Unintended Consequence—Loss of the “Safe” Genre

There’s been a fun kerfuffle around shifting lines of acceptance for aggressive or explicit content in YA fiction. Certainly the discussion in not new (Rachel Nunes, for example, commented to in a post back in January 2010), but this latest round helped me articulate an unintended consequence of that shift.

The (specific) recent rehash started with an article in the Wall Street Journal on June 4, 2011 by Meghan Cox Gurdon called “Darkess Too Visible” where she questions the trend toward what she describes as “explicit abuse, violence, and depravity” in YA. In the article, Ms. Gurdon bemoans that shift, describing it near the beginning of the article:

How dark is contemporary fiction for teens? Darker than when you were a child, my dear: So dark that kidnapping and pederasty and incest and brutal beatings are now just part of the run of things in novels directed, broadly speaking, at children from the ages of 12 to 18.

Pathologies that went undescribed in print 40 years ago, that were still only sparingly outlined a generation ago, are now spelled out in stomach-clenching detail. Profanity that would get a song or movie branded with a parental warning is, in young-adult novels, so commonplace that most reviewers do not even remark upon it.

Not surprisingly, the article generated some fairly strong responses about censorship and prudishness and oppressive editorial dictatorships. I actually came to the original article from this response by LDS author Robison Wells where he defended the literary value of addressing dark subjects in YA, and the idea that context makes the difference.

In the comments section of that post I mentioned an unintended side effect of expanding explicitness in YA—that where YA had once been a “safe” category with famously arbitrary (and strongly defended) lines drawn about subject matters, use of profanity, and levels of explicit detail, the general shift has been to rub out those lines and blend YA more directly toward broad market conventions.

In other words, YA as an understood market category has moved from being a methodological approach on how content is handled to being a simple descriptor of age of intended reader with fewer proscriptions on approach or detail. Without arguing whether those lines should have shifted, the fact of that shift has left national market book buyers with no well-defined “safe” category that aggregates slice-of-life, historical, mystery, sf, horror, and other traditional genres (I’d like to avoid the regional argument for DB as safe publisher for now; that’s a different discussion).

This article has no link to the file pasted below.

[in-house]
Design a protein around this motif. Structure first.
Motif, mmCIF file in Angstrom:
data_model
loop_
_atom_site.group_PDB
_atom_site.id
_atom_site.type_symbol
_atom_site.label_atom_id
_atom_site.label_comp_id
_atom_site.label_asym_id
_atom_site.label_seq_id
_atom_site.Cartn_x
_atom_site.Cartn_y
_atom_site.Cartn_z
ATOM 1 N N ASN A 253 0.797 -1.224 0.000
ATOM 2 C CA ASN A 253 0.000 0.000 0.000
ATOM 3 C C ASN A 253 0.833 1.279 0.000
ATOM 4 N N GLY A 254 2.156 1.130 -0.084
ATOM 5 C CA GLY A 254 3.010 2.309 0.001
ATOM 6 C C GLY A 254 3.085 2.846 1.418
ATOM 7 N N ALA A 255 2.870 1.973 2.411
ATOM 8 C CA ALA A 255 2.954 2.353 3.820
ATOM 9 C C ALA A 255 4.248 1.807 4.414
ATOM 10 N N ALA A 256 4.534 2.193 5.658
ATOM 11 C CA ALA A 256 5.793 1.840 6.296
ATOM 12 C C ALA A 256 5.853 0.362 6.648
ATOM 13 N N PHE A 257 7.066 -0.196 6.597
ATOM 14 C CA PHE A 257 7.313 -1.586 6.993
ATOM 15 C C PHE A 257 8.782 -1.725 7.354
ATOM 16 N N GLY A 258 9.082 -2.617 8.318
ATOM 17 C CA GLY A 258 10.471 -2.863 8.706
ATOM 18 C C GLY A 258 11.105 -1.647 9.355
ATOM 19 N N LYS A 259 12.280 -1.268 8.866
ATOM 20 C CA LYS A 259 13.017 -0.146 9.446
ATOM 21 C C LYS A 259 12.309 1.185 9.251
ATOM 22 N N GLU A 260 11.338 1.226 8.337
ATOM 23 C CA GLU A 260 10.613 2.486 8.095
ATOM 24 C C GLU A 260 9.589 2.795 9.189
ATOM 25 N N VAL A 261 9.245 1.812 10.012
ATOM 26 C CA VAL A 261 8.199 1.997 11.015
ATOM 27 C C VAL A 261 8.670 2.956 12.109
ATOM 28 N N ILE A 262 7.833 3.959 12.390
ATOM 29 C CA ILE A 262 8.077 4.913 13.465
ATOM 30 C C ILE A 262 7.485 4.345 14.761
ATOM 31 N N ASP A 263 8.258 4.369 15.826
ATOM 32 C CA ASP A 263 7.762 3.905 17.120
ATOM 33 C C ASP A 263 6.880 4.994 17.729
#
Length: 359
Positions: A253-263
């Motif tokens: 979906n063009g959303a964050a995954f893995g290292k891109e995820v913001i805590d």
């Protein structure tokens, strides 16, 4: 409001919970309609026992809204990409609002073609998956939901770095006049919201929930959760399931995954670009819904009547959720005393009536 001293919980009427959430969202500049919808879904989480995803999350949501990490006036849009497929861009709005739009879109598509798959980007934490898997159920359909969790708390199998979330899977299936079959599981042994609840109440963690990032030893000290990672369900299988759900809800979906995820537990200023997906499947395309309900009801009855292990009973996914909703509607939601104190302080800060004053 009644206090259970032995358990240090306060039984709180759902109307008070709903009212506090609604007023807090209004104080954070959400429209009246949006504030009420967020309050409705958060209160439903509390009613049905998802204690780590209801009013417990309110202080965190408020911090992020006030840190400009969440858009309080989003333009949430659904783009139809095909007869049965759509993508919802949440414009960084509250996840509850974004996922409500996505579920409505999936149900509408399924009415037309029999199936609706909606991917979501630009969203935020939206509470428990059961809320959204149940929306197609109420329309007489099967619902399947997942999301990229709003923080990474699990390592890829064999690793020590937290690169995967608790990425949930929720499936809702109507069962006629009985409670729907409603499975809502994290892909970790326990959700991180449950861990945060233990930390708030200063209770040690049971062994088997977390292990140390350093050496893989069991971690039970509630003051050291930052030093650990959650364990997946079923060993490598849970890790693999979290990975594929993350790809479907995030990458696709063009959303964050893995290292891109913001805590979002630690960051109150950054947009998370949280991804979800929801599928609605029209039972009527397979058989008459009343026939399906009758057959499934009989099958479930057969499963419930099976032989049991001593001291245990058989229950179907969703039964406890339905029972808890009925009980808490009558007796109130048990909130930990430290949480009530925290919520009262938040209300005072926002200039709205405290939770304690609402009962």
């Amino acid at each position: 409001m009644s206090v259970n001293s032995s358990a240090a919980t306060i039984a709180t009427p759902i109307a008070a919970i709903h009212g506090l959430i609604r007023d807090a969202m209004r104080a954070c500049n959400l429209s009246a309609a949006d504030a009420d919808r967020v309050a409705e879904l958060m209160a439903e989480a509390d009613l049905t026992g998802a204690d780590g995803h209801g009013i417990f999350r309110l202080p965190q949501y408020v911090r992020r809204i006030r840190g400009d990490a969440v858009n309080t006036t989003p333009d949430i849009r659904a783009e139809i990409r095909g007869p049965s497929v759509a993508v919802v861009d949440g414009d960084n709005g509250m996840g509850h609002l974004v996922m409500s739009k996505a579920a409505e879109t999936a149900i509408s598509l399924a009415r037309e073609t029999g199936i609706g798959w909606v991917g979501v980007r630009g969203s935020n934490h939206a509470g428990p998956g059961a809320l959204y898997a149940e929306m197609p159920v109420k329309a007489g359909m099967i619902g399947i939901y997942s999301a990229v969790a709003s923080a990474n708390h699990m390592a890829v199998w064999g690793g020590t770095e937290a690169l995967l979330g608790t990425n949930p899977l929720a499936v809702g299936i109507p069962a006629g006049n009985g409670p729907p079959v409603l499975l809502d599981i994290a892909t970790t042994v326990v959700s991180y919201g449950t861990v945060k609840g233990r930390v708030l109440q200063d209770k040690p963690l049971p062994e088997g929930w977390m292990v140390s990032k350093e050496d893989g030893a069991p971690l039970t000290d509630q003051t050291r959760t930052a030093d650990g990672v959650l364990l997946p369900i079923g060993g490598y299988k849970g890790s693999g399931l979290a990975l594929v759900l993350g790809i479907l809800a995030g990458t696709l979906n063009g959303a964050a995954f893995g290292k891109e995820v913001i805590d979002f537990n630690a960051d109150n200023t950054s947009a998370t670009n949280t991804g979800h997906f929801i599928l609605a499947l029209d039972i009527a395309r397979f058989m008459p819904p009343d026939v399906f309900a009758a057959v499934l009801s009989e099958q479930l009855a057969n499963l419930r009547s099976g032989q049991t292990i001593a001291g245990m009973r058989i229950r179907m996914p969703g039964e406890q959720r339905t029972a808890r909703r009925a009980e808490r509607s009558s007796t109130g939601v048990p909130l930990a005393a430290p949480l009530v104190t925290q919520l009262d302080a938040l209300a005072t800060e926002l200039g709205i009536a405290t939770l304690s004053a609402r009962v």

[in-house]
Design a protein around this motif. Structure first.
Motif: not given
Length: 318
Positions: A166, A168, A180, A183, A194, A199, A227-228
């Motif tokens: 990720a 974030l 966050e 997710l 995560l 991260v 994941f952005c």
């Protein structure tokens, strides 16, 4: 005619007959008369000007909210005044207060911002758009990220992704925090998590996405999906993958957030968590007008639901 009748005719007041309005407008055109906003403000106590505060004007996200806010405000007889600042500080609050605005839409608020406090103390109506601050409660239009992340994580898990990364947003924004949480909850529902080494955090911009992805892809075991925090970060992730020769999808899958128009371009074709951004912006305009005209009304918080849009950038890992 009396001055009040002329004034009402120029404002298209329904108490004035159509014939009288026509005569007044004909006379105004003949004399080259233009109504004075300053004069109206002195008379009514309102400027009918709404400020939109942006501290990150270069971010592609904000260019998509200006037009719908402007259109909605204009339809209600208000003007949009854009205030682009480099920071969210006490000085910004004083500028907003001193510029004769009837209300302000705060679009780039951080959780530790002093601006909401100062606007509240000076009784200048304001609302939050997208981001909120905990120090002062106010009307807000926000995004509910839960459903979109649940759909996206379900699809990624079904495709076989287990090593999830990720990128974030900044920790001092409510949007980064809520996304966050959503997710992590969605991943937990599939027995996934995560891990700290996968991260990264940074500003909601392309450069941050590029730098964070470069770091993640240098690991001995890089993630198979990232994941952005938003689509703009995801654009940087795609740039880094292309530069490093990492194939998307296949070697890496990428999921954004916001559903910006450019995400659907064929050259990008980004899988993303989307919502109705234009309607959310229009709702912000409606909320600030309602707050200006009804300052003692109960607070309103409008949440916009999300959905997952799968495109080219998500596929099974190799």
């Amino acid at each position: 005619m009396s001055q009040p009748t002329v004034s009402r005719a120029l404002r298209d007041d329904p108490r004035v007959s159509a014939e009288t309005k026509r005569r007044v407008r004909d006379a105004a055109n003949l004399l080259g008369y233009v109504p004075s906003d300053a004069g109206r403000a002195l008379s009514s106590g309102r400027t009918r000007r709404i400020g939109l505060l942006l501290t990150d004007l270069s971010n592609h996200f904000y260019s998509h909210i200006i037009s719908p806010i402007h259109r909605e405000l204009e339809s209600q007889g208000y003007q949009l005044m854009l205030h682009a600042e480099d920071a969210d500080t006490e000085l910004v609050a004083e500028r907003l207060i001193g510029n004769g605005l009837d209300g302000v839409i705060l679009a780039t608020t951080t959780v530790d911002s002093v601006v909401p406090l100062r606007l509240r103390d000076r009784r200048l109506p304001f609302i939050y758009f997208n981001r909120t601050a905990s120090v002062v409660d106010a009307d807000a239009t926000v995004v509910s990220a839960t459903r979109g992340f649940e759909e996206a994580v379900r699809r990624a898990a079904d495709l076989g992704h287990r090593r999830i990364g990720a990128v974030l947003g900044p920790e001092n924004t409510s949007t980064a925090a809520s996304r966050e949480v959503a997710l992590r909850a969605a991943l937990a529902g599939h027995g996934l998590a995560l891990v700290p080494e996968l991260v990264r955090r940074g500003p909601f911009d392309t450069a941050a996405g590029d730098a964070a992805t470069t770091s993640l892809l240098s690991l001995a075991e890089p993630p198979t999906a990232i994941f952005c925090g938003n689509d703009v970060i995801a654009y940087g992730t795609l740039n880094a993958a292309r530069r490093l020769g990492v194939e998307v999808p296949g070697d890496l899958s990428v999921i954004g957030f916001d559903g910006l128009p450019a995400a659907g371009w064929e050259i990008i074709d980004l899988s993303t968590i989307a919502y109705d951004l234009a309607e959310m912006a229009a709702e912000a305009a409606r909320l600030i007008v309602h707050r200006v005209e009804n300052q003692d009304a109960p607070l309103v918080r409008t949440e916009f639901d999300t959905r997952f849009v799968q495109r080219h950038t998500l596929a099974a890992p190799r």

LDS author John Brown addressed that idea in a post on his own blog a few days later where he differentiates the question of literary value from the pragmatics of marketing.

Brown came much closer to my own question—given the editorial shift in YA, are there any “safe” national market categories left where readers can access titles pre-selected specifically for less aggressive presentation? I believe such a category remains useful and that the overall market suffers from this accidental loss. What (if anything) will replace YA as the aggregate category of safe story?

This is a pragmatic question, not an artistic one. I am not advocating for restricting what is (or ought) to be written; I’m merely asking how (or if) we categorize whatever has been written in such a way as to enable readers to more easily identify titles of interest to their own reading regimen.

Since YA is becoming increasingly less “safe,” what replaces it for those readers who consider aesthetic safety as their first filter for book selection? As simplistic as an age line was, it was easy to understand and allowed for the broadest collection of subjects, conventions, and genres.

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23 Responses to Unintended Consequence—Loss of the “Safe” Genre

  1. Moriah Jovan says:

    I don’t even remember “YA” being in existence as a genre when I was a teenager (80s), and I don’t read it now (with random rare exceptions), so the whole thing completely baffles me.

  2. Grant says:

    Perhaps it should be taken in a new direction, making a “Safe” category to stand by itself, and then have sub-divisions inside of that. Or would this be too divisive a split?

  3. Angela H. says:

    Moriah, I read a fair amount of YA stuff during my 80s adolescence, and I beg to differ with the Wall Street Journal’s depiction of a genre that used to be “safe.” I read mostly realistic YA fiction with a little speculative stuff sprinkled in: my favorites were Judy Blume (some swearing, violence, and frank talk about sex — I can’t imagine you escaped the 80s with out a little Judy Blume, Moriah), Lois Duncan (also some swearing, violence, and frank talk about sex, coupled with slightly out-there spiritual topics like ESP and astral projection), and books where the protagonist is slowly dying from a dreadful, incurable disease. I wish I could remember the title of one book in particular — I googled the plot, but no dice — about a bunch of “problem” kids whose parents send them to a special summer camp where the counselors are supposed to kill them, but they escape into the woods and must outwit the counselors who’ve been paid by their parents to get rid of them. Robert Cormier books are dark and difficult, and I read those as a teenager too. Then there were always the not-really-YA books that so many girls read anyway, with VC Andrews’ incestuous Flowers in the Attic at the top of the list. Never mind all the Stephen King I devoured.